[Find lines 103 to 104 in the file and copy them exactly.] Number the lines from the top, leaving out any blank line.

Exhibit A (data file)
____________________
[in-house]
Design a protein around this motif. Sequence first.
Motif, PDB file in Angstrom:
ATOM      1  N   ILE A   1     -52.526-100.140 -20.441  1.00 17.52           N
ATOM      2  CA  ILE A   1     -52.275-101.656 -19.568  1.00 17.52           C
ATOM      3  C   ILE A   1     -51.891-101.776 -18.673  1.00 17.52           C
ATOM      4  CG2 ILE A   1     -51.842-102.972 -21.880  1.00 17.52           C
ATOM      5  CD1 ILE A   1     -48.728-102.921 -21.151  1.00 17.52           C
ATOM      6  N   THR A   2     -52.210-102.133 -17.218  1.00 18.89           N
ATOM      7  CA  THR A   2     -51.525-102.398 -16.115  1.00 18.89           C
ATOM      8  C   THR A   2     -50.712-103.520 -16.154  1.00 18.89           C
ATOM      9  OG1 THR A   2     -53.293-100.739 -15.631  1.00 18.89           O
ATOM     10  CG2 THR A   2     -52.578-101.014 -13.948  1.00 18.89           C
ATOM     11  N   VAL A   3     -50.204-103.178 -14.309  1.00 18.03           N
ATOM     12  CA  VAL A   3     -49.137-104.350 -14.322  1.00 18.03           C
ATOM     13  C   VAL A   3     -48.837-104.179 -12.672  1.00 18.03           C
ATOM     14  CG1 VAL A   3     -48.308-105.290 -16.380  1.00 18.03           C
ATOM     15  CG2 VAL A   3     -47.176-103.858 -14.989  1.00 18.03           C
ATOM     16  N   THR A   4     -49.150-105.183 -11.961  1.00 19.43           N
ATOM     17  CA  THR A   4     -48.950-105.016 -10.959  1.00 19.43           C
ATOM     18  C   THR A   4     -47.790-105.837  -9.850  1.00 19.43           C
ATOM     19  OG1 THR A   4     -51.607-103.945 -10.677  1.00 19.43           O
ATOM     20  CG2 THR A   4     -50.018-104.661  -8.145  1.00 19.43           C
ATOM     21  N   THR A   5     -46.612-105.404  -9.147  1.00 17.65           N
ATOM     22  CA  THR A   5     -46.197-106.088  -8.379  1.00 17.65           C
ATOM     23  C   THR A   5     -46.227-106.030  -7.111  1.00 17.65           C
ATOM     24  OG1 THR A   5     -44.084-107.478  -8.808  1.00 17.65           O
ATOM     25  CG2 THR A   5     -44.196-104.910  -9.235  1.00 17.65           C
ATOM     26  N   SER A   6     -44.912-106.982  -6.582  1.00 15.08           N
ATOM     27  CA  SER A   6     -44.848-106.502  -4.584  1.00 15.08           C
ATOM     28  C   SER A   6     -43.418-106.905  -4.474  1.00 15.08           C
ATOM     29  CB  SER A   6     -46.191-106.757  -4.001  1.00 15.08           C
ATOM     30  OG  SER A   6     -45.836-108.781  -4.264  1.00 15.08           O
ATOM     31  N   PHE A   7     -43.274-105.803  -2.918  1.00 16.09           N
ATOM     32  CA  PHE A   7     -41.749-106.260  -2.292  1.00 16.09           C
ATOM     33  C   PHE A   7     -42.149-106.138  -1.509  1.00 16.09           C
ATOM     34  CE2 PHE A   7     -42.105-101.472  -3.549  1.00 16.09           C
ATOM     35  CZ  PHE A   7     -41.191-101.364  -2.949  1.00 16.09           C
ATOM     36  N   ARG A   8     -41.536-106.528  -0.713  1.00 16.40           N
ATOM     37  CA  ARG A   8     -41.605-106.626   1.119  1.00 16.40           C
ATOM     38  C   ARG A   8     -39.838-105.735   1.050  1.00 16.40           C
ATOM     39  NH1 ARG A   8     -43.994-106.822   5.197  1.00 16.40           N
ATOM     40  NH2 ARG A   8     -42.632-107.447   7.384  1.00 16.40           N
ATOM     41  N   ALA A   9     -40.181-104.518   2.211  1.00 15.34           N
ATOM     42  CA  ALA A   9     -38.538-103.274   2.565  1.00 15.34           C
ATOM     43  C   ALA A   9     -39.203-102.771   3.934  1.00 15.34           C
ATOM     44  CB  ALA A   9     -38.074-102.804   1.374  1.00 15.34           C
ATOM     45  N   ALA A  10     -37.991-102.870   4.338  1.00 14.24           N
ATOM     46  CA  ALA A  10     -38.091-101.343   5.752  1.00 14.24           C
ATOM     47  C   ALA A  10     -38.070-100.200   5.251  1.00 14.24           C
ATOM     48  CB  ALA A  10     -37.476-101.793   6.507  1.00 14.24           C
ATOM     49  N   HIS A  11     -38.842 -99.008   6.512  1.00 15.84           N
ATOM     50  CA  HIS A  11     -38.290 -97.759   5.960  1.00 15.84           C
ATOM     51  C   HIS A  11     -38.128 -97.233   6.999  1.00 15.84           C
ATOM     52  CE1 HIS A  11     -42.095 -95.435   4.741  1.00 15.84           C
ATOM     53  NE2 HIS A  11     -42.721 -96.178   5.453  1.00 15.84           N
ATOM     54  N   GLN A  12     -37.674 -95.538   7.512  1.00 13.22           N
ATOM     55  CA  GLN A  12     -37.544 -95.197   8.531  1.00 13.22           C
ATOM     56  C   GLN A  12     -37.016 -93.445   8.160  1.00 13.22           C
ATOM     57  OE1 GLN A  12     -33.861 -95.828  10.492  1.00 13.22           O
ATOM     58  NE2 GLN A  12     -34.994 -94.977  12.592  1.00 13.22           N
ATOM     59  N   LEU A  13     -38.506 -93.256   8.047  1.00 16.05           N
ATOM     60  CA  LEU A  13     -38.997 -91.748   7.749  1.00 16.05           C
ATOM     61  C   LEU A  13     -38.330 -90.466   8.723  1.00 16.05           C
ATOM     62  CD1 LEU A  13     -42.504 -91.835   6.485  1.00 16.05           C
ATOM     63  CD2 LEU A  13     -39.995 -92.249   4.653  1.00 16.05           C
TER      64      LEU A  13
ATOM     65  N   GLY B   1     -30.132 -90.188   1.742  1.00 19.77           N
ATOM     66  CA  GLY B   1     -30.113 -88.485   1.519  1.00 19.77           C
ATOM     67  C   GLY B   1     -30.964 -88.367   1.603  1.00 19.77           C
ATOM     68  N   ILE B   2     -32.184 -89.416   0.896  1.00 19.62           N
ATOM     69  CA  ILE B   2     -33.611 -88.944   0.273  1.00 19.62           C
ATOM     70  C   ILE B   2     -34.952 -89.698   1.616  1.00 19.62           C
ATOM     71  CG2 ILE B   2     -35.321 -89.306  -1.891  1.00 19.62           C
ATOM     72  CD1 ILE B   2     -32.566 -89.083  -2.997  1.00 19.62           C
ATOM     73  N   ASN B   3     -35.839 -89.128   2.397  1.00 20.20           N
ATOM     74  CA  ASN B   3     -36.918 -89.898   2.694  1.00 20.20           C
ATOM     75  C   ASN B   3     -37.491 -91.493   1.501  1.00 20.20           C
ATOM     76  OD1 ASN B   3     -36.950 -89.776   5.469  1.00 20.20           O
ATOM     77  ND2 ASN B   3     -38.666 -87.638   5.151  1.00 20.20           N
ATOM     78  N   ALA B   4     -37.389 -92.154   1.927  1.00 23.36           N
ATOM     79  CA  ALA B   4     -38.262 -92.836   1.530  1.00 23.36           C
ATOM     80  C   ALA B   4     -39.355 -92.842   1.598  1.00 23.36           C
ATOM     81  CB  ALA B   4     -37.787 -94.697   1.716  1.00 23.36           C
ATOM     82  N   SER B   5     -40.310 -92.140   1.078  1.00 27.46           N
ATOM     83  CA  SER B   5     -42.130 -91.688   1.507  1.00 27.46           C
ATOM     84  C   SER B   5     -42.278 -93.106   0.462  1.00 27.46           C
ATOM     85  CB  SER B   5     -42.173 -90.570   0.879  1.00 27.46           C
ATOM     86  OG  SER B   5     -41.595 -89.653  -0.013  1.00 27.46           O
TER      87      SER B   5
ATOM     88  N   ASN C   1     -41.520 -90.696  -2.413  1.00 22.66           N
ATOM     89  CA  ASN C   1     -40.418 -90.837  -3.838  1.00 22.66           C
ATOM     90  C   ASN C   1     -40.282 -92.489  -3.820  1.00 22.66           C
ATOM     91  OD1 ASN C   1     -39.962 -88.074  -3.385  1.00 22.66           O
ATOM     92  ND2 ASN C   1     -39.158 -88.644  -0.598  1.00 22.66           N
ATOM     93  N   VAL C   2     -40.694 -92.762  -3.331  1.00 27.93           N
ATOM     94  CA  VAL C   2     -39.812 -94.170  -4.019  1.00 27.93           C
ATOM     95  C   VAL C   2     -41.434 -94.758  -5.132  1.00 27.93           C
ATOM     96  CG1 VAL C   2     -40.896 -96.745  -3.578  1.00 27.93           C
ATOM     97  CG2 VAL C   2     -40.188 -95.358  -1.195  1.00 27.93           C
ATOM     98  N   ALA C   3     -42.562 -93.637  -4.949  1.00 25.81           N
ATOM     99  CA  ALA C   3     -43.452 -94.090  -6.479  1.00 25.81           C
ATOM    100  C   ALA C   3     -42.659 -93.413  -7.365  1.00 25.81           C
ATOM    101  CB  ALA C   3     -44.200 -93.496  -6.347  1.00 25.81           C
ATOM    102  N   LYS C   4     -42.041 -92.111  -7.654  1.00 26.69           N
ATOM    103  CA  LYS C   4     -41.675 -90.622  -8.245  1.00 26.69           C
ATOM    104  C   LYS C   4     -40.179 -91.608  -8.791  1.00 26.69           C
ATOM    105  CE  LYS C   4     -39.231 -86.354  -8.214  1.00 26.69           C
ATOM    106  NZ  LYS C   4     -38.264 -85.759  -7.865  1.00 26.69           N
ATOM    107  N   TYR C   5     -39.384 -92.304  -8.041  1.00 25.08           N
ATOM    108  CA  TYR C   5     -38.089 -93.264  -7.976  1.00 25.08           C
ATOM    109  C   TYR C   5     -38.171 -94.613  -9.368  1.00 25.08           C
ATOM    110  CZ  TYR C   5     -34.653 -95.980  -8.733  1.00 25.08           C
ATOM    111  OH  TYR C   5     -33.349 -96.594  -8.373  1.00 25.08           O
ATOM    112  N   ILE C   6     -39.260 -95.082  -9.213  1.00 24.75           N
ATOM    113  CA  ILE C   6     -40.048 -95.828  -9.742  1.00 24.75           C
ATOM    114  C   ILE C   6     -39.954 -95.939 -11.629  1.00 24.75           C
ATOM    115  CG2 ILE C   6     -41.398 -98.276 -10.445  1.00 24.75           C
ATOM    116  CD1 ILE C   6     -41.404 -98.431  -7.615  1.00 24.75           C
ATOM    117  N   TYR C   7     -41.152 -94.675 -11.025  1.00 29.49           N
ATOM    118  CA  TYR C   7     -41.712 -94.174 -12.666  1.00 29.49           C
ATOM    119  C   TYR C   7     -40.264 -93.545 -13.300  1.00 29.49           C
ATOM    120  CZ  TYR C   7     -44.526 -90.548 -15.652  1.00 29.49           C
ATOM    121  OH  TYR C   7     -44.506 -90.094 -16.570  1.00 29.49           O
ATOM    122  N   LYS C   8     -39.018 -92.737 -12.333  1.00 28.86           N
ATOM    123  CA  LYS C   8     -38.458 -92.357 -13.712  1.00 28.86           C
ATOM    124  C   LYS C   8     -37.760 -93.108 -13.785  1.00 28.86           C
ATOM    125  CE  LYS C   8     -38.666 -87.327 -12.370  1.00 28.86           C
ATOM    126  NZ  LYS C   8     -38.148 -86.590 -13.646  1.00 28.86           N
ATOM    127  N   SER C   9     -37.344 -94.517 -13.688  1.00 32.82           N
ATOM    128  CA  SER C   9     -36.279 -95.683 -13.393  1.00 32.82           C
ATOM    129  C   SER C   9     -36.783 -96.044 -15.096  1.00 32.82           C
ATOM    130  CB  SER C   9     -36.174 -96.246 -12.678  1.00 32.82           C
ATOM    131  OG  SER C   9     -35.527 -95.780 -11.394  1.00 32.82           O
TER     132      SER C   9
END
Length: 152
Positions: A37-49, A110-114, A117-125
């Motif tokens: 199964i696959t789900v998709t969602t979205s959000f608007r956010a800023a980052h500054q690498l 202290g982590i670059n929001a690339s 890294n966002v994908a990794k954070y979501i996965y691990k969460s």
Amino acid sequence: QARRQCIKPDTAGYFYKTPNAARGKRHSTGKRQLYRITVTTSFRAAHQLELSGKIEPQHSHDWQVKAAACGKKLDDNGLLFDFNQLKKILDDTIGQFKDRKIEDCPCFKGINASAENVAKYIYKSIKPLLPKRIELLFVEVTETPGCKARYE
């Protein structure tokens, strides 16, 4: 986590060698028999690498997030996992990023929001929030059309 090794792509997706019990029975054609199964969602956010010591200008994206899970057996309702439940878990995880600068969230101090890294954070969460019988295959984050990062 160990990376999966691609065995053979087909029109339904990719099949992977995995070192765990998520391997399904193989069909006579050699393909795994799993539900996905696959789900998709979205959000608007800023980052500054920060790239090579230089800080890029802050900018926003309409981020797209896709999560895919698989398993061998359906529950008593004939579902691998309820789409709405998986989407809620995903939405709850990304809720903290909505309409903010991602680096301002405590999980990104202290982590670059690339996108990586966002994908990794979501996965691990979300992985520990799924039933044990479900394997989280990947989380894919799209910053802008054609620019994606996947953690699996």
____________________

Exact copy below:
ATOM    100  C   ALA C   3     -42.659 -93.413  -7.365  1.00 25.81           C
ATOM    101  CB  ALA C   3     -44.200 -93.496  -6.347  1.00 25.81           C